England re-examines alcohol access for the underaged

February 10, 2010 by  
Filed under ADDICTION

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While Americans are debating whether to lower the minimum legal drinking age from 21 to 18, teenagers in Europe are falling into coma or are dying from overintoxication. Many countries in Europe have a minimum legal drinking age of 18. In England, a country where adulthood (e.g legal age) is at 16, there is no such thing as minimum age for drinking. According to English law, parents are allowed to give their children alcohol at home – starting – brace yourself – at age 5!

Recently however, UK’s Children Secretary Ed Ball issued a warning about the dangers of under-age drinking (source: BBC). This is in response to a survey carried out by Mumsnet which revealed that many parents in Britain do not consider alcohol consumption a serious risk to the underaged, e.g. those between the age of 9 and 16 years. Most parents are more worried about illegal drugs, vehicular accidents and teenage pregnancy. In fact, only about twenty-five (25%) of parents surveyed took the time to talk to their kids are the dangers of alcohol. About two-thirds (approximately 66%) of the parents did not consider the fact that their children get access to alcohol before they reach 16 a problem. In fact, a previous survey showed that 20% of 13-year-olds already consume alcohol at least once a week.

The Children Secretary, however, emphasized that alcohol is closely linked to risky behavior and the very issues that most parents are most concerned about in the first place, namely teenage pregnancy and traffic accidents.

According to Mr. Ball

“Research tells us that young people who regularly drink alcohol are more likely to fall behind in school, be involved in road traffic accidents or have unsafe sex…If parents discuss the link between alcohol and these other issues, they can make sure it’s their child making the decisions, not the alcohol.”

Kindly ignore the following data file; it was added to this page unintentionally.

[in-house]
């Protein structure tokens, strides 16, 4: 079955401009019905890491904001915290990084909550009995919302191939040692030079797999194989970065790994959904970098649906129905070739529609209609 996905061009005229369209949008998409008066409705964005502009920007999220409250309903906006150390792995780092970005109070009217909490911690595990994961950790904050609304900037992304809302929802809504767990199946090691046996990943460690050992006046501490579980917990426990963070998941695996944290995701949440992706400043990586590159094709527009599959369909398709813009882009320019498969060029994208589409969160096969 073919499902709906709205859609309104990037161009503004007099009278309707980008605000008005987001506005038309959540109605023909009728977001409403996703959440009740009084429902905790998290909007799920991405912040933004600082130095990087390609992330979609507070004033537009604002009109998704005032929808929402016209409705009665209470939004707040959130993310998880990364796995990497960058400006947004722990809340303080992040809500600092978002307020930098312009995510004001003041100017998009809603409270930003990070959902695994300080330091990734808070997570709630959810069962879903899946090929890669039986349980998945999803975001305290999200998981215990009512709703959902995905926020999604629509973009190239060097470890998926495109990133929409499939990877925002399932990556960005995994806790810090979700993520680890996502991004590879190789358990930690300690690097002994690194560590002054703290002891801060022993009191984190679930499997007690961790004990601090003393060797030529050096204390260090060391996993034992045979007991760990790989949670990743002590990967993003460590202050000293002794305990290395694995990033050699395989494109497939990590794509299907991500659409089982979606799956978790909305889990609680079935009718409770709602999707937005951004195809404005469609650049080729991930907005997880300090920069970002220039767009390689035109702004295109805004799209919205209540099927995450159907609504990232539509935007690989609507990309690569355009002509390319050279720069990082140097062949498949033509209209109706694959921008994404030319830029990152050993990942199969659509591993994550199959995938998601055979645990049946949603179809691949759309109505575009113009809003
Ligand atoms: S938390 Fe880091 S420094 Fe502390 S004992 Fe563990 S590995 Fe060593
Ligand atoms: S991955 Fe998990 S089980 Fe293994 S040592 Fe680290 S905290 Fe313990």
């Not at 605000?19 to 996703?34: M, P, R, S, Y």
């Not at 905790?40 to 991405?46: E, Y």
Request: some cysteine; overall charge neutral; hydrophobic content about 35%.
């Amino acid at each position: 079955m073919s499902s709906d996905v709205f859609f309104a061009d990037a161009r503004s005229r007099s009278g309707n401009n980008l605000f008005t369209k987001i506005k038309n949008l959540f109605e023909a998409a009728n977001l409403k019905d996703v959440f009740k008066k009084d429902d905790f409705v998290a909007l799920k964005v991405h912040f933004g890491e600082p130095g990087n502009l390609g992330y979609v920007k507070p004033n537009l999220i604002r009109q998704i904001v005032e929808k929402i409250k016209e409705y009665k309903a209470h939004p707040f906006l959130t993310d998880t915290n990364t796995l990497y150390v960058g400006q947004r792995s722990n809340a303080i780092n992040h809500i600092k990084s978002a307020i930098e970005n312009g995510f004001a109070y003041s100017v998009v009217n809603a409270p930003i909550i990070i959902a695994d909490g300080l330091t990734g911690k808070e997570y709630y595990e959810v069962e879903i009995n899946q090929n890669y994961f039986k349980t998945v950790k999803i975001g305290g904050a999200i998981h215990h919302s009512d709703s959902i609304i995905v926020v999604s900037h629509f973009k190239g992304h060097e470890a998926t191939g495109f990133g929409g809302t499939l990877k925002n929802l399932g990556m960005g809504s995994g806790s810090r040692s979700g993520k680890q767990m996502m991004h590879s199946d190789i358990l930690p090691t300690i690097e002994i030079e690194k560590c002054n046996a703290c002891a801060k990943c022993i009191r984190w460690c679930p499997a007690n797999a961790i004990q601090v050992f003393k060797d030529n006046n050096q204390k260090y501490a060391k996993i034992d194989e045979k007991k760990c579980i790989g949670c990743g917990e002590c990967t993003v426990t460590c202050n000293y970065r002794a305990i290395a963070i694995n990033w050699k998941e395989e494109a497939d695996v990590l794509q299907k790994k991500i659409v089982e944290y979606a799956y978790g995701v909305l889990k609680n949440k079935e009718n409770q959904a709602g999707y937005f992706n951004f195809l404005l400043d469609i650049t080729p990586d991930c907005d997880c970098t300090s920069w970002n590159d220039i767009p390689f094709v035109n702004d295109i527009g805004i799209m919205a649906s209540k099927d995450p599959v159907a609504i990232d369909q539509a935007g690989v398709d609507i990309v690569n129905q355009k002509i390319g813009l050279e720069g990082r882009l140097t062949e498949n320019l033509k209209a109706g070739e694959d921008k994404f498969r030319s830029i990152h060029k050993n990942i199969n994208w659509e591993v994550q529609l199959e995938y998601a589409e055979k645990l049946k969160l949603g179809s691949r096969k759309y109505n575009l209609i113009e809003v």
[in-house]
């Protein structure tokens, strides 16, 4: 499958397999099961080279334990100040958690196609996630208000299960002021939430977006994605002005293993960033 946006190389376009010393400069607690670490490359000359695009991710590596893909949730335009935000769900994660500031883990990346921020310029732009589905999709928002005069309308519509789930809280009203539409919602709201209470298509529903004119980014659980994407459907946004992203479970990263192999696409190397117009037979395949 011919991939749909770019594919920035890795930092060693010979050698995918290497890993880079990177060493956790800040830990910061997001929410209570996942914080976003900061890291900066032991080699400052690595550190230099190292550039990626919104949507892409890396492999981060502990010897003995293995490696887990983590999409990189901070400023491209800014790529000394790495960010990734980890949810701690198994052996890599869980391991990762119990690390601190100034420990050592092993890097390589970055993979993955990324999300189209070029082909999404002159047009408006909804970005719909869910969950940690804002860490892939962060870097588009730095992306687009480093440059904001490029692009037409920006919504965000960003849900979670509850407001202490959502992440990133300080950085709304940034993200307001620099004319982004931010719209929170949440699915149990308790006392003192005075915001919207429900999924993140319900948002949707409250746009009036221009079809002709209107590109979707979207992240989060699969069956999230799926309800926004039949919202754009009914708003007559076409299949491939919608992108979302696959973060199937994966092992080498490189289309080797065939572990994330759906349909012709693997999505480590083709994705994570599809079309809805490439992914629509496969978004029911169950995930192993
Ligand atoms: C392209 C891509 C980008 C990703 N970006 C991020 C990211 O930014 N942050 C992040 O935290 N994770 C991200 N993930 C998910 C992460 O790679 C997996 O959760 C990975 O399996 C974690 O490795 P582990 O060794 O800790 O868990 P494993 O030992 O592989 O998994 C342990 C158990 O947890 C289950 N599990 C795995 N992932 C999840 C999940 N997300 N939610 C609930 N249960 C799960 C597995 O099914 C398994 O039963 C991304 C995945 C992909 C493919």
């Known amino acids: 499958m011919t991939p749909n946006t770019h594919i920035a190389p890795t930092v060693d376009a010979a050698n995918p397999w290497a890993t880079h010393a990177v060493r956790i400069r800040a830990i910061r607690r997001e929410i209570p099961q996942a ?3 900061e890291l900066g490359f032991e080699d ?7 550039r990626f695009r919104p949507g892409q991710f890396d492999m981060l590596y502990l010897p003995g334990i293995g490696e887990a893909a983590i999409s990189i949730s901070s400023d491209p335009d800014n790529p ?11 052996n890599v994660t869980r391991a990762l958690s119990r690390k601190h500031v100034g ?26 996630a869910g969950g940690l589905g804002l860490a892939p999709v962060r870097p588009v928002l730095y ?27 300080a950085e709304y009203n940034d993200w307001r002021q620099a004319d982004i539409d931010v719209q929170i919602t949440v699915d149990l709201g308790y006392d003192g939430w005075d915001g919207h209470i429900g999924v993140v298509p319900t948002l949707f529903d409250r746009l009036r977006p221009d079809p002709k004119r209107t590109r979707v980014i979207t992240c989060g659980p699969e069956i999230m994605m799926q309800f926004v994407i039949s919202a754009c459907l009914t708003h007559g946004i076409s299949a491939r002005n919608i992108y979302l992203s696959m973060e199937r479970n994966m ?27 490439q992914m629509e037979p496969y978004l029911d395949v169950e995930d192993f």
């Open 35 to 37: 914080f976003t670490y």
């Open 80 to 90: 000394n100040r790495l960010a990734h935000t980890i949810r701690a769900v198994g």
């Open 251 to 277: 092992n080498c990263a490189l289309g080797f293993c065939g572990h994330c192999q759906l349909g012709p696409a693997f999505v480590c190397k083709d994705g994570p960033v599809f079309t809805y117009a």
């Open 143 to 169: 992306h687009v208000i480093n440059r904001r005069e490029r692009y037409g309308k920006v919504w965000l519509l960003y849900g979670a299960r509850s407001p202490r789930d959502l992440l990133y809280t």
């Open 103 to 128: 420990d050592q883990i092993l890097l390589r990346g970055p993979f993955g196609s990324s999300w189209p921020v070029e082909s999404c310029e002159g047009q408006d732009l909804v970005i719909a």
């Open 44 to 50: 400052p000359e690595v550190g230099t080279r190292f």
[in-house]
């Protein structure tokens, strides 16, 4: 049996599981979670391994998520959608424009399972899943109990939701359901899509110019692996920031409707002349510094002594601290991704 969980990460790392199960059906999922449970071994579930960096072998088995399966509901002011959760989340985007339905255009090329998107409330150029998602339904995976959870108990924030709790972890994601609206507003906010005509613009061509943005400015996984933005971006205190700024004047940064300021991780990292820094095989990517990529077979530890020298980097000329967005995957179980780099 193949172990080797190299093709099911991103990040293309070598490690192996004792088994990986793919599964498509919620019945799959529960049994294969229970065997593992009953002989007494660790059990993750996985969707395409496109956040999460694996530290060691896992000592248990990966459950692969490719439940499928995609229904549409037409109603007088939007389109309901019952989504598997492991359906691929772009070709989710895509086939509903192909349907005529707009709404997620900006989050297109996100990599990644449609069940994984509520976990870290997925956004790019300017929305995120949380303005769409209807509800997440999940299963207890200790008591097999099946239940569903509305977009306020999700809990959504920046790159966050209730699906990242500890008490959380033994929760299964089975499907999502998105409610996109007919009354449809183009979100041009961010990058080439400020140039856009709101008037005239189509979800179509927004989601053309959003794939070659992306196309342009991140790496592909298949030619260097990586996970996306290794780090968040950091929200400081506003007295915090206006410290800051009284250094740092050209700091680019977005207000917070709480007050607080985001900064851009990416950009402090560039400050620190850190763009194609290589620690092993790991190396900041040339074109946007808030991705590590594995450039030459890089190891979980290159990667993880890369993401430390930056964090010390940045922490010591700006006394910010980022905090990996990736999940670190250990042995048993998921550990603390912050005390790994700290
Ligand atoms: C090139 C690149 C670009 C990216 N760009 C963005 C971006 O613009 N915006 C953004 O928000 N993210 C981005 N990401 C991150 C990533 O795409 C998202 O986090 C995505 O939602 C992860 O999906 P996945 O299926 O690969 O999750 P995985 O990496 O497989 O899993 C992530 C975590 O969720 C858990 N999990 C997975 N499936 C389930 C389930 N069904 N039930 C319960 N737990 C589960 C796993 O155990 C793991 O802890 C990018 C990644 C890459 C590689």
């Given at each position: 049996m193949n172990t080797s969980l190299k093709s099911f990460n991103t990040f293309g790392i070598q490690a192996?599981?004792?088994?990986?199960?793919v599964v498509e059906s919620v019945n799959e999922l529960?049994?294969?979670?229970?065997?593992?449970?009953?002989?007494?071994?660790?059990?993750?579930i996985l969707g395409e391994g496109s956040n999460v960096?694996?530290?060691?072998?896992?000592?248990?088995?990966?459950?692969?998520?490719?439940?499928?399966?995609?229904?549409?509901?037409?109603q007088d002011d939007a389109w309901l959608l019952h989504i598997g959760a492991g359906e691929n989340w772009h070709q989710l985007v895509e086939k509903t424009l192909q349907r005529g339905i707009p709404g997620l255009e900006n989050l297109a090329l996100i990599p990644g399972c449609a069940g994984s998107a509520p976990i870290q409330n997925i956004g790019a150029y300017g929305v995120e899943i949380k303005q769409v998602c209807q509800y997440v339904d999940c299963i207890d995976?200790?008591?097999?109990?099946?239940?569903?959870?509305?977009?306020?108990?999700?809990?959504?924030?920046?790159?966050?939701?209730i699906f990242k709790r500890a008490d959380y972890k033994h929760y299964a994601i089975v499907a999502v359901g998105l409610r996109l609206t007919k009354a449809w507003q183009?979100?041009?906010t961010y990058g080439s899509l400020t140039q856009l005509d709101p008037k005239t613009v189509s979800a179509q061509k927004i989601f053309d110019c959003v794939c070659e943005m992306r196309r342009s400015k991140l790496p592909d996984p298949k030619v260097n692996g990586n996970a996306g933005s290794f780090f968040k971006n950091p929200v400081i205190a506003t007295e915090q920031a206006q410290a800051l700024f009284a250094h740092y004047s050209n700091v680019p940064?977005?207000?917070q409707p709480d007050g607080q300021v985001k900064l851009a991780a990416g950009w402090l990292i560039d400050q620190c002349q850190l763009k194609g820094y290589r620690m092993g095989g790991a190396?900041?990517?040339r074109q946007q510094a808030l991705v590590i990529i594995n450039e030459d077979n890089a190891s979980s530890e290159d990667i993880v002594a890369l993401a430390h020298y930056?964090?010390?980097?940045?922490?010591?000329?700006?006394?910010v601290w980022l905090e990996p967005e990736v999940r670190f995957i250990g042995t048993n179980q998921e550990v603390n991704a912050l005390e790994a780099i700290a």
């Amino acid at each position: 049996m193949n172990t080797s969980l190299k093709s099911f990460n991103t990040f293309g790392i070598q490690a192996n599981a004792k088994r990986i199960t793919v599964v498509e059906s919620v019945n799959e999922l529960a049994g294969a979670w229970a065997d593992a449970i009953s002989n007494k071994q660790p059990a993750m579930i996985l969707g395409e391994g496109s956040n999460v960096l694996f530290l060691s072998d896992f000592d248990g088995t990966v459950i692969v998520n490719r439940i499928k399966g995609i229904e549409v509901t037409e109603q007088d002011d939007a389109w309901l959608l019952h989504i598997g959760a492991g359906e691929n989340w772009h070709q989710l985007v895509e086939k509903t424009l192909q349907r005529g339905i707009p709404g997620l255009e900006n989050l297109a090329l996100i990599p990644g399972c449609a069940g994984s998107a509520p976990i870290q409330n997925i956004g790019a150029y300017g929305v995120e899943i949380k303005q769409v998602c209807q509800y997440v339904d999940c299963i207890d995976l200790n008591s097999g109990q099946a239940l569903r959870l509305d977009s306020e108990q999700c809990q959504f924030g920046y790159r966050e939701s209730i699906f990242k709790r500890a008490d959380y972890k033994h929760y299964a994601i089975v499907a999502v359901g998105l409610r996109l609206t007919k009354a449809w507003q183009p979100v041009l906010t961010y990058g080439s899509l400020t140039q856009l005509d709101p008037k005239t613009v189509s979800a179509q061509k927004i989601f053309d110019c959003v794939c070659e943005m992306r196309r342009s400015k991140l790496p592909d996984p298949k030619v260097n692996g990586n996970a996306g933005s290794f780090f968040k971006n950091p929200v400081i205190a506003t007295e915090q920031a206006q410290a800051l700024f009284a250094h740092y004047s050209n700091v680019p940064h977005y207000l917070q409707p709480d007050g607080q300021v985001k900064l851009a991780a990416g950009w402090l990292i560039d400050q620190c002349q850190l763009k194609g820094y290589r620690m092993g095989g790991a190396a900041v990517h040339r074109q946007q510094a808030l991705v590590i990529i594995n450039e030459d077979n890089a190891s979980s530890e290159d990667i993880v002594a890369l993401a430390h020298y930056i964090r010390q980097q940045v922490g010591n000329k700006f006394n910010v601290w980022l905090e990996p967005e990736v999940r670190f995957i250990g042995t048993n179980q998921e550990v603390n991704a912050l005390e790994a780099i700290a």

Secretary Ball is not the one campaigning against laxness about alcohol. England’s chief medical officer Sir Liam Donaldson said in a BBC interview that “children aged under 15 should never be given alcohol, even in small quantities.” In fact, a new official guidance was issued recently that says adolescents under 15 should not consume alcohol and those under 18 should only drink under the supervision of an adult. Donaldson continues:

“Across England, 500,000 children between the ages of 11 to 15 years will have been drunk in the past four weeks….
The science is clear – drinking, particularly at a young age, a lack of parental supervision, exposing children to drink-fuelled events and failing to engage with them as they grow up are the root causes from which our country’s serious alcohol problem has developed…
The more [children] get a taste for it, the more likely they are to be heavy drinking adults or binge drinkers later in childhood.”

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One Response to “England re-examines alcohol access for the underaged”
  1. Drinking alcohol is a culture which is commonly associated with the western society. In this society it’s considered perfectly normal for an individual to consume wine with a meal, drink socially at gatherings/ events, and crack open champagne for celebrations. However due to alcohol being so commonly found in many of our regular activities, identifying when you’re drinking too much alcohol can become difficult.

    If perhaps your drinking alcohol because you enjoy the feelings associated with drinking alcohol or you want to enhance your current mood, you could grow dependence for drinking alcohol, which is a major problem. Alcohol addiction can be a silent killer, so it’s important to address the problem and make steps towards controlling your drinking habits.

    Below are some signs of having a drinking problem…

    • Guilt or remorse
    • Covering up your drinking habits
    • People around you are concerned about your drinking
    • Can’t relax without a drink
    • Memory lapse after consuming alcohol
    • Consistently drinking more than you expected

    Ask yourself when Drinking how much is too much?

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